Samurai Noodle is regarded as one of the best ramen houses in Seattle. Rather than the tonkotsu ramen, we thought we’d try the so-called “Shouyu” instead, which is a combination of pork/chicken. Our initial tasting of the broth was good, but we both noticed that it seemed to somehow become more bland as we continued to eat. This was kind of curious. It’s entirely possible that maybe the soup got diluted from excess water on the vegetables and meat that were served on the side: green onions, bamboo shoots, extra chashu slices. In fact, there was a pool of water at the bottom of the dish in which they were served.
Although we ordered the noodles “firm,” they still had a somewhat underdone firmness that the egg ingredient didn’t overcome. I don’t know how to describe it except to say that thre was a slight crunchiness, rather than chewiness that I look for in Japanese noodles. Odd, because Samurai makes a big deal of the fact that their noodles are specially made for them in California. O-o-kay … At least one slice of chashu tasted like it’s been sitting in the refrigerator too long, rather than freshly made, the refrigerator equivalent of freezer burn, which also affects poultry. Other slices tasted just fine.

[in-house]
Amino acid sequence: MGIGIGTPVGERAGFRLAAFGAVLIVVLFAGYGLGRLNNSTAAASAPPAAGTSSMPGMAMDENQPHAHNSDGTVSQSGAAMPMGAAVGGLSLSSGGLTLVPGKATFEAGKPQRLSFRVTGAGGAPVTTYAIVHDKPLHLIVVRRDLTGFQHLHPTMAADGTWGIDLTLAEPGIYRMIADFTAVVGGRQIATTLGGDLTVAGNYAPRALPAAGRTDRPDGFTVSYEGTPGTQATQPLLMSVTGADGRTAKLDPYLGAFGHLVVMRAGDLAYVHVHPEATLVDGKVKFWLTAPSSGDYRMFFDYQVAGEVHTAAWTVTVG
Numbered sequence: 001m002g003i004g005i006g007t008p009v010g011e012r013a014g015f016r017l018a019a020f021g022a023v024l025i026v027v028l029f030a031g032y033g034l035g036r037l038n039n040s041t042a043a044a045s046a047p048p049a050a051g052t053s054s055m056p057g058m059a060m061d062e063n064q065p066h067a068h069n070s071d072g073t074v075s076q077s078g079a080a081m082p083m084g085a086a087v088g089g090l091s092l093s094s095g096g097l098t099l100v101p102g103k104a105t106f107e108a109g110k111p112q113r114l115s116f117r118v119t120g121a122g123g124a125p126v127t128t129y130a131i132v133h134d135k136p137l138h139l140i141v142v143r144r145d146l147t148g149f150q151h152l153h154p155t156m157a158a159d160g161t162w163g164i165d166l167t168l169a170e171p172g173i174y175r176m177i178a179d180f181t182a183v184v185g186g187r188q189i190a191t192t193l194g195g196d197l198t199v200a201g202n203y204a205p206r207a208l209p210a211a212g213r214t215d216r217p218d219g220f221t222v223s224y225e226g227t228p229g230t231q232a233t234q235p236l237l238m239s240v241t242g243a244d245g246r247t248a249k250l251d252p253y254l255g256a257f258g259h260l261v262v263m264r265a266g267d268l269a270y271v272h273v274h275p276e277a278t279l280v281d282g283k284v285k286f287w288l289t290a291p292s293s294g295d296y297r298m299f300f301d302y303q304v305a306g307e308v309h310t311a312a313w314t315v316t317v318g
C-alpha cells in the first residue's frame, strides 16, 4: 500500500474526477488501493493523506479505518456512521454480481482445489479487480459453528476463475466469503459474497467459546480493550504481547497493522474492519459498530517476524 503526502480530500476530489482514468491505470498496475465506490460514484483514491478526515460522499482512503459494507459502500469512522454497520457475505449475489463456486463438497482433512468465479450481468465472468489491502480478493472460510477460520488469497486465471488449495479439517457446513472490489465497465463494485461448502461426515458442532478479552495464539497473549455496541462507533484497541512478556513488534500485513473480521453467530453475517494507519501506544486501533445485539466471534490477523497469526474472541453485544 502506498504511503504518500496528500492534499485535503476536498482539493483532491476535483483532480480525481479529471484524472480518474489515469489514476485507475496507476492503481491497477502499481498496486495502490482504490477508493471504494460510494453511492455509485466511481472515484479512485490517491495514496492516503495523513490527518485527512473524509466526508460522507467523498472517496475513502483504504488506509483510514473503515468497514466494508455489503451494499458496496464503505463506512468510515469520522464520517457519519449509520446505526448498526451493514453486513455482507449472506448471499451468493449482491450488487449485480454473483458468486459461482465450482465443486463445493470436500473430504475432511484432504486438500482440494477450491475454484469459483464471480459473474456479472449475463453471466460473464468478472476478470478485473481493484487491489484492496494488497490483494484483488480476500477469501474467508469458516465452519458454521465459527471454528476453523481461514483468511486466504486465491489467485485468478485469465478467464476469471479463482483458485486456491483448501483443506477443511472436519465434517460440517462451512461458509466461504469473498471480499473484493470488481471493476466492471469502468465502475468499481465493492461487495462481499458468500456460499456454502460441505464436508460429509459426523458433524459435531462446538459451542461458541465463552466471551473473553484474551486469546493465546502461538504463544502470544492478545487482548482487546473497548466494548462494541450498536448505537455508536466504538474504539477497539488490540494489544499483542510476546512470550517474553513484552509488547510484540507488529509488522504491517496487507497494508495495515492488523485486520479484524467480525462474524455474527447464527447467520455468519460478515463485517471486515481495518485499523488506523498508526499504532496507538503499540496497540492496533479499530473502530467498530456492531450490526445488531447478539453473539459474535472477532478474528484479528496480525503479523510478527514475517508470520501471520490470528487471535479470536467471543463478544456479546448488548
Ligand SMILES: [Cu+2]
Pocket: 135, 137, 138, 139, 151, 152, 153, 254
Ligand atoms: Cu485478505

All these are indications that there are issues with ensuring total quality, missteps that should be corrected if it hopes to be a serious ramenya, which now it definitely isn’t.